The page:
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The rest of the interior has premium feeling materials however the inserts on the driver and passenger seats are not real suede. That said, the material does do a good job of keeping you in place, which is good because the side bolsters could be more robust.

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All ILX’s now get a standard power plant and it comes in the form of a 2.4 litre 4 cylinder which packs 201 horsepower and 180 pound foot torque. That’s a pretty big jump in power from the old 2.0 litre. The 2.4 litre gets mated to an 8-speed dual-clutch (DCT) automatic transmission. I can say with a fair amount of certainty that this is among the best automatic transmissions in the market today. Not only are shifts crisp and quick, but Acura equipped it with a torque converter which addresses one of the main issues with dual-clutch transmissions: low speeds. In heavy traffic, DCT’s are jerky and hesitant. With the torque converter, low-speed driving is a synch.

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Out on the road, the ILX can carve corners decently however there is a bit of noticeable body roll. It’s not enough to make you lose confidence but it’s there. Unfortunately for this particular copy of the ILX, it was still wearing winter tires which likely prevented it from performing the way it knows it can. Steering feel isn’t as direct or engaging as it could be as well. However on the whole, the ILX can certainly hold its own in the corners, it just isn’t the raw performance you’d expect from a premium sports sedan.

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The ILX’s main trick is the high-revving nature of the engine and in a way, it makes it quite the screamer. In sport mode, engine noise seems to be dialed in a bit more. When matched with that fantastic transmission, you’ve got yourself a Jekel and Hyde situation. It’s a quiet, unassuming commuter car when you need it to be, but can quickly come to life as an angry sedan at the flick of the downshift paddle.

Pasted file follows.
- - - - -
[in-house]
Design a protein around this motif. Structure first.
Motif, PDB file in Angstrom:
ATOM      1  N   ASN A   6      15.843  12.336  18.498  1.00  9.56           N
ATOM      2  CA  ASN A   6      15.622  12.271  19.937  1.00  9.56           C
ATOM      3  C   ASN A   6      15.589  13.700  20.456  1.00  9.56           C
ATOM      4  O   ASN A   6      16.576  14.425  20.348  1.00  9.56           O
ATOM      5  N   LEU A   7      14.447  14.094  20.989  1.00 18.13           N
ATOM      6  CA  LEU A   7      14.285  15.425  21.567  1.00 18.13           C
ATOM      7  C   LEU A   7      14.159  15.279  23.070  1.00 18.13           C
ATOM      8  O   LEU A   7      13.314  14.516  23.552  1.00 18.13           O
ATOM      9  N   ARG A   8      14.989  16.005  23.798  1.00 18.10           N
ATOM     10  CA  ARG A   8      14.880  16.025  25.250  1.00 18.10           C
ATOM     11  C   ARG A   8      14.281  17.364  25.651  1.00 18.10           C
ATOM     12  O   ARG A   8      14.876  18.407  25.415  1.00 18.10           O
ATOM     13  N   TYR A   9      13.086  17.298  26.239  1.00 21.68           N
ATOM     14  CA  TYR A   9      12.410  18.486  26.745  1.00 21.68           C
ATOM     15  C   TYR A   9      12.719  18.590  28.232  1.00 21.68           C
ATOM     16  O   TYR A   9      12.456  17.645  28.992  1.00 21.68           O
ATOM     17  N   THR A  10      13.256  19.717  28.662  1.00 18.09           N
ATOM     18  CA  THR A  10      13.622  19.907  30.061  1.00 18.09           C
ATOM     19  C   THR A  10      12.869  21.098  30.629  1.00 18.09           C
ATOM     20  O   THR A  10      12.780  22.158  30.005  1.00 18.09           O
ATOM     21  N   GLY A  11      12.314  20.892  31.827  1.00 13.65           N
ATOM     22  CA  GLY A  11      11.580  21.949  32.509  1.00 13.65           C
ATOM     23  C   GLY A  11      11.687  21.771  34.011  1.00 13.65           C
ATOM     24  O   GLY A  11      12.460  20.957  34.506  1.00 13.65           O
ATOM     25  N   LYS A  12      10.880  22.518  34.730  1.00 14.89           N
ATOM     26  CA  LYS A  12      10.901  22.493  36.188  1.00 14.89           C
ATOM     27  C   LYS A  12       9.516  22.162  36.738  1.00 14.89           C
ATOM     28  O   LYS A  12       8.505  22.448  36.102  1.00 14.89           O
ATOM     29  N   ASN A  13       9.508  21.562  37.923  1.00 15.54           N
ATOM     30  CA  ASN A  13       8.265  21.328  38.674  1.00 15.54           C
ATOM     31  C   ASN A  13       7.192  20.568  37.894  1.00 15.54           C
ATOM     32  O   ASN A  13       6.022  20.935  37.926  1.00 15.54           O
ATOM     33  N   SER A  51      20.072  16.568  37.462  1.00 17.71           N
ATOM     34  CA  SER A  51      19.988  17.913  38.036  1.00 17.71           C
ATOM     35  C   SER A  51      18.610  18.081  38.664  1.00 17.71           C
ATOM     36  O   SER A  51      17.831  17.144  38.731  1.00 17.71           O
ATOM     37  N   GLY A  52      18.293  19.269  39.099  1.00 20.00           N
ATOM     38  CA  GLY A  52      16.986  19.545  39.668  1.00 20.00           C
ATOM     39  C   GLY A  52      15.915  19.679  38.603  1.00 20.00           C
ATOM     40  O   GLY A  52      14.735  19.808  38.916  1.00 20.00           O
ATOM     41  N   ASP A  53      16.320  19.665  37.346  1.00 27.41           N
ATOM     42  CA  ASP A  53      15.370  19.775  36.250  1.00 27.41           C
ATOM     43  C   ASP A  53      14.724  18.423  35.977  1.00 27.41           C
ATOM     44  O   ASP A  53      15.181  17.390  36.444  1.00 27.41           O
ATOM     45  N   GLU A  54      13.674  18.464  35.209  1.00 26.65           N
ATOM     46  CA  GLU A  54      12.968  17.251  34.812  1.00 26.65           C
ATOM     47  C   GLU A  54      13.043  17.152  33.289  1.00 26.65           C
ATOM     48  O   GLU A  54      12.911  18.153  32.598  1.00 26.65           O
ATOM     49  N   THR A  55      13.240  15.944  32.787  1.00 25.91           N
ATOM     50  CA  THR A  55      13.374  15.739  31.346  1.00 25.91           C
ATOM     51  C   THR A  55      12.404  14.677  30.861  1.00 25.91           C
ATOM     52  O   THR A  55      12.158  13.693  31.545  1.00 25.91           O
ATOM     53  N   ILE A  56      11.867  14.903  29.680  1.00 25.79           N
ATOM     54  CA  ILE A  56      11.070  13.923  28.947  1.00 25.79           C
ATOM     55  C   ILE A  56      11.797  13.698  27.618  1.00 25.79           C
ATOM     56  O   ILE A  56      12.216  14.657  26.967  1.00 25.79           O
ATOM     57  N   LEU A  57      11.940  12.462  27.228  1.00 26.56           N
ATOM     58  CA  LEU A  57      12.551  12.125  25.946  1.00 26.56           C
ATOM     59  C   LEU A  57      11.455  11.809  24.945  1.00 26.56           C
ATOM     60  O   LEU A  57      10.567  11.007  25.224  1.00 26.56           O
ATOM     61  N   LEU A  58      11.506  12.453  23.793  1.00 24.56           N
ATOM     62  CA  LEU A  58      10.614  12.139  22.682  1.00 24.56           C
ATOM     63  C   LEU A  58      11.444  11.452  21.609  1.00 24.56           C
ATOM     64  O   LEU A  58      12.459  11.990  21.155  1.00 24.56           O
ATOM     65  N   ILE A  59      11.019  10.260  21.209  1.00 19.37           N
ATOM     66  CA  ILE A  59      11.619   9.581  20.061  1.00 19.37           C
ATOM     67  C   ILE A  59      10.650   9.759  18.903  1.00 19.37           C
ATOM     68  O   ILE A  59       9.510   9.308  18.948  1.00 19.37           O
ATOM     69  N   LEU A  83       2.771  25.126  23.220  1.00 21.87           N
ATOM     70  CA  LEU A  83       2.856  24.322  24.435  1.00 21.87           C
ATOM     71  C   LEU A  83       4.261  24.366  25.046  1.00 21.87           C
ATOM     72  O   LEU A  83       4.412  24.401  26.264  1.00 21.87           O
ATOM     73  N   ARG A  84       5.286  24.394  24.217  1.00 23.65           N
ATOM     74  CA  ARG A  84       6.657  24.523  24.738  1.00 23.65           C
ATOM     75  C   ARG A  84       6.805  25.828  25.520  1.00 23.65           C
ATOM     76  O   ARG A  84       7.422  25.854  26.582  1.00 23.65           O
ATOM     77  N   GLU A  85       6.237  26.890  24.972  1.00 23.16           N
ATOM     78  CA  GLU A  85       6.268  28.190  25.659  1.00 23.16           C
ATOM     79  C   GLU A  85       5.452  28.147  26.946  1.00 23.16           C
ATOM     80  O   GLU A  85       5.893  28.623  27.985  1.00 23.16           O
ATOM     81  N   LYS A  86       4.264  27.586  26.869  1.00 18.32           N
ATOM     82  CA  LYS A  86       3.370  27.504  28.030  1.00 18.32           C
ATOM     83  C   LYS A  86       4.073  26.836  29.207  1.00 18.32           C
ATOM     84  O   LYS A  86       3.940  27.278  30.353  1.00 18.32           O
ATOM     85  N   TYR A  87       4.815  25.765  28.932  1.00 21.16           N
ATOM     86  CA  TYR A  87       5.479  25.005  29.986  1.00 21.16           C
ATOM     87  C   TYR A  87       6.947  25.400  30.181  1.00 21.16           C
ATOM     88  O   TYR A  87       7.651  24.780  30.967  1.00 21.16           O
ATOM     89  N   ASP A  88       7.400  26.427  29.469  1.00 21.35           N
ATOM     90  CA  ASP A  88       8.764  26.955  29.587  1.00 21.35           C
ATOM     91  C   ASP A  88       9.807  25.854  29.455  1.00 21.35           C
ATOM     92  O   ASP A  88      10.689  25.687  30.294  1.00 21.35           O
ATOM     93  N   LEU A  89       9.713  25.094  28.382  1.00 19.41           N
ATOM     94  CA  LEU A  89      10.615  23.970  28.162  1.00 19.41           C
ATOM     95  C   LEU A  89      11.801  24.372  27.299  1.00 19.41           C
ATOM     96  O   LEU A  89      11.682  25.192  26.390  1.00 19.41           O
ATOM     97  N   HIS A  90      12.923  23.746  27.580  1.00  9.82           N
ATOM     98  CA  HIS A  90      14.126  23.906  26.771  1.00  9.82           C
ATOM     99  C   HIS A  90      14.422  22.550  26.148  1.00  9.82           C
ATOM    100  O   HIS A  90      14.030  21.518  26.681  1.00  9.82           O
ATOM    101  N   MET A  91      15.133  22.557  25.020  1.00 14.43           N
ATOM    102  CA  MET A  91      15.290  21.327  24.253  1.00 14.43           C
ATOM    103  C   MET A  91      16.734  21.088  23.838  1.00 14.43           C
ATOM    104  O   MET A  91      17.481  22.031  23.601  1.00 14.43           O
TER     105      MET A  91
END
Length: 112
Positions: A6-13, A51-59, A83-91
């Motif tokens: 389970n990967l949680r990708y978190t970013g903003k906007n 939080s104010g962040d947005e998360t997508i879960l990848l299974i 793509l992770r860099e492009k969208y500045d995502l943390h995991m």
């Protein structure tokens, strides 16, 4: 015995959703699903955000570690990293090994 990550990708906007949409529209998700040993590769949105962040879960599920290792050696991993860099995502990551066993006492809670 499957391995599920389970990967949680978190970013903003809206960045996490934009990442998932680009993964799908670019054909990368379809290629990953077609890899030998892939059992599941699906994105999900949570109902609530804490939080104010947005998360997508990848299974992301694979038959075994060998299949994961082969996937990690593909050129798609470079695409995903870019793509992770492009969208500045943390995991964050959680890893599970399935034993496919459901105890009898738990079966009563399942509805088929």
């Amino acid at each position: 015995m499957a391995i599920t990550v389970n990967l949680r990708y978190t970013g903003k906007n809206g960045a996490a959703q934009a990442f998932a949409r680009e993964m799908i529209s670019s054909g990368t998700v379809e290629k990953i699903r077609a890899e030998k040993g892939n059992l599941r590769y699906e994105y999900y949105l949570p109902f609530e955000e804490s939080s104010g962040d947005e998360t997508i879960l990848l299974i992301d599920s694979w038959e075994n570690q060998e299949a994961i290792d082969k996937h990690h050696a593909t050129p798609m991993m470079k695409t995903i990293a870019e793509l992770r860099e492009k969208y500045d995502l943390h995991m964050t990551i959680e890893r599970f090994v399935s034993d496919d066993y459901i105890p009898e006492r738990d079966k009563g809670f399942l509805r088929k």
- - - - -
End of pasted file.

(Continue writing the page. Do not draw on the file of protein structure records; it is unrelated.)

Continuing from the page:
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On the highway, the ILX lacks the planted feel of its German rivals. It feels light. Almost light enough that a gust of wind could throw it off course (and in some cases, I had to adjust for that). However it’s a quiet ride with little vibration or road noise.

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The ILX has a pretty decent fuel efficiency rating, which may lend a bit of credibility to the reasoning for the lack of exhaust tip visuals. It’s rated at a respectable 9.3 L/100 kms city and 6.6 L/100 kms highway. In mostly city driving, I returned 10.3 L/100 kms. That isn’t great but I suspect my heavy right foot let the ILX’s real world numbers down.

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At the end of the day though, this is an obvious much improved effort from Acura and I am happy to give it an A  for effort. However when we take a look at other players in the category, I’m not entirely confident that it can hold the crown. But, in a way, it depends on what your priorities are. If you’re looking for a small premium sedan that looks great, drives decently, is easy on gas and has a host of tech and features, there really isn’t a whole lot that can touch the ILX’s value proposition. And in the end, all we can ever expect from a car is for it to be the best it can be. I’m not entirely sure the ILX has reached its peak for achievement, but it’s definitely a giant leap in the right direction.

Price As Tested: $36,985


  • She’s a looker now
  • Fantastic transmission, among the best
  • Can be a bit of a screamer
  • Good tech, feature and value


  • Interior a bit cramped
  • Still button heavy, especially on steering wheel
  • Would appreciate less numb steering
  • Feels a bit unstable on the highway

Immediate Competition:

  • Audi A3
  • Buick Verano Turbo
  • Lexus IS
  • Mercedes-Benz CLA